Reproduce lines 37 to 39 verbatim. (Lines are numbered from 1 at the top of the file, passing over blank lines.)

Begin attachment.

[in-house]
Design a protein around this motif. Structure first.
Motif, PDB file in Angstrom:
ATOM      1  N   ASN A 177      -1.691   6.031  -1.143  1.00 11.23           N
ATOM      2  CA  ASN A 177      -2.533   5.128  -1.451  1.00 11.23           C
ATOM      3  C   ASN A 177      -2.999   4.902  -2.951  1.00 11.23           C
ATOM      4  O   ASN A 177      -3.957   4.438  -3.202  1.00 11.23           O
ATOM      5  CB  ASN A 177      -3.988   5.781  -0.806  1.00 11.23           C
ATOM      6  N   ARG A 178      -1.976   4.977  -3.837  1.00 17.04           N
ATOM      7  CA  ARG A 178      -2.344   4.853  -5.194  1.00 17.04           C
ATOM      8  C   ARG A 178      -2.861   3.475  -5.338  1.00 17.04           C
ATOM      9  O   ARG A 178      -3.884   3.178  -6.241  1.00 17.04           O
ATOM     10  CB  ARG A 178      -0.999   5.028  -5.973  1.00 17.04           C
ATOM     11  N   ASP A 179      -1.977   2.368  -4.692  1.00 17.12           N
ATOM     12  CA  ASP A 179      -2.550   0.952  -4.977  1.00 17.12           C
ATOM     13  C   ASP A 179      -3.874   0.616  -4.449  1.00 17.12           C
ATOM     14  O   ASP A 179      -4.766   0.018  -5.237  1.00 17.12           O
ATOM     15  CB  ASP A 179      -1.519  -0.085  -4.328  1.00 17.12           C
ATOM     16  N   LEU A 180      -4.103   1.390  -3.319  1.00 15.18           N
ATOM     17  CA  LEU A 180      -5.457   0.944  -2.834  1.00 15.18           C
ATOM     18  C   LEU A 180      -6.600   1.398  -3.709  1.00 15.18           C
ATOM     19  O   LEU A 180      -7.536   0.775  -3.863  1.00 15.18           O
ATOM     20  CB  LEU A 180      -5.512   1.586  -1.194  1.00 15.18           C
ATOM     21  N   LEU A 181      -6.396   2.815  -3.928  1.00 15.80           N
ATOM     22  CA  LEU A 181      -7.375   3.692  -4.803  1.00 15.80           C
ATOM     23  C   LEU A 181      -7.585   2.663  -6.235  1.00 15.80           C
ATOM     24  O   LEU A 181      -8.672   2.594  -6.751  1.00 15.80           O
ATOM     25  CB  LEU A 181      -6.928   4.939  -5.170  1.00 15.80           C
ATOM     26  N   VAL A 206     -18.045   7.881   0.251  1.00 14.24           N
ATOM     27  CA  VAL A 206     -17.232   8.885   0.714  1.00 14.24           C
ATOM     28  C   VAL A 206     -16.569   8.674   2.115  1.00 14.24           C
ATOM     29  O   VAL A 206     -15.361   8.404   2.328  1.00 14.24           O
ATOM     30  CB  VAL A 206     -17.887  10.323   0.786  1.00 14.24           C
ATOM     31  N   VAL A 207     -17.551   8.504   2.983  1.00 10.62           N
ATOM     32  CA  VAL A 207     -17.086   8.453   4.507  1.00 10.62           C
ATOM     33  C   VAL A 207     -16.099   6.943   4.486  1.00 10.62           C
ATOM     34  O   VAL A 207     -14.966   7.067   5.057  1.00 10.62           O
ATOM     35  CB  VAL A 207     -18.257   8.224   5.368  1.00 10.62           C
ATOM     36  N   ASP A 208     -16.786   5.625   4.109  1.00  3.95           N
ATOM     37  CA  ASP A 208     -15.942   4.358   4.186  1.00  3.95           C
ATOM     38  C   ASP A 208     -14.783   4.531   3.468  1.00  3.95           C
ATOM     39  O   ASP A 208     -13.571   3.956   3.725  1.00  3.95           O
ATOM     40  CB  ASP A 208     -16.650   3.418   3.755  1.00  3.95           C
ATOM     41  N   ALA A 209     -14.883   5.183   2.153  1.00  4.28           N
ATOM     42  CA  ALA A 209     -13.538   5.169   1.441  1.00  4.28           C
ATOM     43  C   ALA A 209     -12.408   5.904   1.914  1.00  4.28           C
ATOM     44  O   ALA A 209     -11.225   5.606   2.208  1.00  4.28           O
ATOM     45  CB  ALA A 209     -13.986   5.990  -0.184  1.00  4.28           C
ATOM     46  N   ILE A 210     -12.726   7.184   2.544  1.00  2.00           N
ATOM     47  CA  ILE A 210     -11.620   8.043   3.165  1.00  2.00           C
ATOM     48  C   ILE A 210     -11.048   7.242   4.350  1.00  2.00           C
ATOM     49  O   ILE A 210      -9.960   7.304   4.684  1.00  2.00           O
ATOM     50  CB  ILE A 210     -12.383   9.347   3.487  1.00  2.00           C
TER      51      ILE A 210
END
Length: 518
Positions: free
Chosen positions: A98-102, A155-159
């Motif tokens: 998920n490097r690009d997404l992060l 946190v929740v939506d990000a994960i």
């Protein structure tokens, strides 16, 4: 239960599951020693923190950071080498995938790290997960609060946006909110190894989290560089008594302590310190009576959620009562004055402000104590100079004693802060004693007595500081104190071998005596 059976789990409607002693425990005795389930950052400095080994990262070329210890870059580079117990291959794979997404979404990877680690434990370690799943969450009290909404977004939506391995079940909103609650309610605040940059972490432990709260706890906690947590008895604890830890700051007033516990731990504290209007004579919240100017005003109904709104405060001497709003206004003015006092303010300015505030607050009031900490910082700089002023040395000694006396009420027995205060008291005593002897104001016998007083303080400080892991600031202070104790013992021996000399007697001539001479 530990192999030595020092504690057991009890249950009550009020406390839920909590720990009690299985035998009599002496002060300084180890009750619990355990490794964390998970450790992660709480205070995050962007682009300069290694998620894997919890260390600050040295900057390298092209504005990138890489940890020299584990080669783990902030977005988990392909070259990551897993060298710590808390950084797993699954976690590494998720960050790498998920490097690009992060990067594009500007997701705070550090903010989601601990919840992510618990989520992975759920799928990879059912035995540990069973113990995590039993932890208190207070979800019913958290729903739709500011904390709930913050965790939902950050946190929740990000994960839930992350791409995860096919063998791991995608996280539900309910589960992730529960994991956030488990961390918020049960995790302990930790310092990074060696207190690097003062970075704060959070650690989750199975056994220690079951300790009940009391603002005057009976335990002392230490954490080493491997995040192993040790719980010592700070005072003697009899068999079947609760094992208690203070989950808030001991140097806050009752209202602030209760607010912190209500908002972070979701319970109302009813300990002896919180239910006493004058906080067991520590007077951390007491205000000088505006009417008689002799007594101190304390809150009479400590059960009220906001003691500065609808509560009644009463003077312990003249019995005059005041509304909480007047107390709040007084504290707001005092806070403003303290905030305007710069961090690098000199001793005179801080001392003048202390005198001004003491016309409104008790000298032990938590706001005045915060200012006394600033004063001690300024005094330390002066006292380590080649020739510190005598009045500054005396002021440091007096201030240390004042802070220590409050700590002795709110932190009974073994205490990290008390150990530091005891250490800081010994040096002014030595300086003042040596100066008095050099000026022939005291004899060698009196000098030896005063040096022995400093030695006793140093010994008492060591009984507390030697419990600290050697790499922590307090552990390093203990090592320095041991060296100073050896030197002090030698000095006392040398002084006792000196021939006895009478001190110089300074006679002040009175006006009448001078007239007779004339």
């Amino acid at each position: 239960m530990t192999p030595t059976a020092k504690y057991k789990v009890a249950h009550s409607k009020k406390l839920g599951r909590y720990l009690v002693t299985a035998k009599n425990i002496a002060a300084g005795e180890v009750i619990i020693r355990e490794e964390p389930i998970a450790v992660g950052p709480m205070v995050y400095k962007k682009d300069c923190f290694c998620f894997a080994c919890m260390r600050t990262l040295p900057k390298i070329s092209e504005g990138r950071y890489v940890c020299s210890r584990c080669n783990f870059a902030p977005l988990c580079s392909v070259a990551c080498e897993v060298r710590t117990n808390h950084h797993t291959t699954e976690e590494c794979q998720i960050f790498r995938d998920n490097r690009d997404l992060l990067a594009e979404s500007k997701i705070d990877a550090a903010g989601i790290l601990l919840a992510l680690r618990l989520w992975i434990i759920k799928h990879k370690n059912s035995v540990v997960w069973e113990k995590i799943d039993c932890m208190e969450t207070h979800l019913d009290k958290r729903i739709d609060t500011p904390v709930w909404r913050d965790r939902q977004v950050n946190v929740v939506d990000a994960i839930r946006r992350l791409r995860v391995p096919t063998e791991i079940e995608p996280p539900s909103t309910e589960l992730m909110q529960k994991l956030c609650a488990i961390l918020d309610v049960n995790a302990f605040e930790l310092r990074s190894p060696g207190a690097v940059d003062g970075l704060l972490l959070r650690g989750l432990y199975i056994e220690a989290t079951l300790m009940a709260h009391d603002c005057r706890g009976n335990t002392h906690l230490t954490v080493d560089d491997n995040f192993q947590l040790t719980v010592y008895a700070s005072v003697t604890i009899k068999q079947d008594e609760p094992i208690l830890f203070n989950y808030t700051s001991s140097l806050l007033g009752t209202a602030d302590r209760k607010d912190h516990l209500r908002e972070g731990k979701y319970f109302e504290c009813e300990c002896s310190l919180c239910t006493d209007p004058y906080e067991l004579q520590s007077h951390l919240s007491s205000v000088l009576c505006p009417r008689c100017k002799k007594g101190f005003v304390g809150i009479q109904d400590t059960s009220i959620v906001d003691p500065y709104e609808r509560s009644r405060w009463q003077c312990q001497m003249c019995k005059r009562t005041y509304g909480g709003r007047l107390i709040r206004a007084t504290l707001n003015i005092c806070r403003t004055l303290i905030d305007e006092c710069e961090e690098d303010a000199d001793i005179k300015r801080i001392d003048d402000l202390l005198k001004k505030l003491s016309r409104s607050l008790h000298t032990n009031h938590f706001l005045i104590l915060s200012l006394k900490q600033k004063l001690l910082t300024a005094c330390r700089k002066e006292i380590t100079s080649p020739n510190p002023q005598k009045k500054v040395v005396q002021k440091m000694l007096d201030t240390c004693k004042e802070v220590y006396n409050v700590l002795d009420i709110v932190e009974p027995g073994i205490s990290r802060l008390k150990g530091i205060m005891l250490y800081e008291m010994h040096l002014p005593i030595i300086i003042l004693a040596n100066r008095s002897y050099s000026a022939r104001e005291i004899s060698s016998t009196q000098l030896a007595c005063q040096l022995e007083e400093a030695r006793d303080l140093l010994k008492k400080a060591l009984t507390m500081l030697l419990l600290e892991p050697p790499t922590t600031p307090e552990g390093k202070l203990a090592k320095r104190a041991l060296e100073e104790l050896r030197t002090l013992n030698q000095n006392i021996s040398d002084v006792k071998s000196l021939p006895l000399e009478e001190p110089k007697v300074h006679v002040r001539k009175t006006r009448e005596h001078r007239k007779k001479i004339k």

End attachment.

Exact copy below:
ATOM     34  O   VAL A 207     -14.966   7.067   5.057  1.00 10.62           O
ATOM     35  CB  VAL A 207     -18.257   8.224   5.368  1.00 10.62           C
ATOM     36  N   ASP A 208     -16.786   5.625   4.109  1.00  3.95           N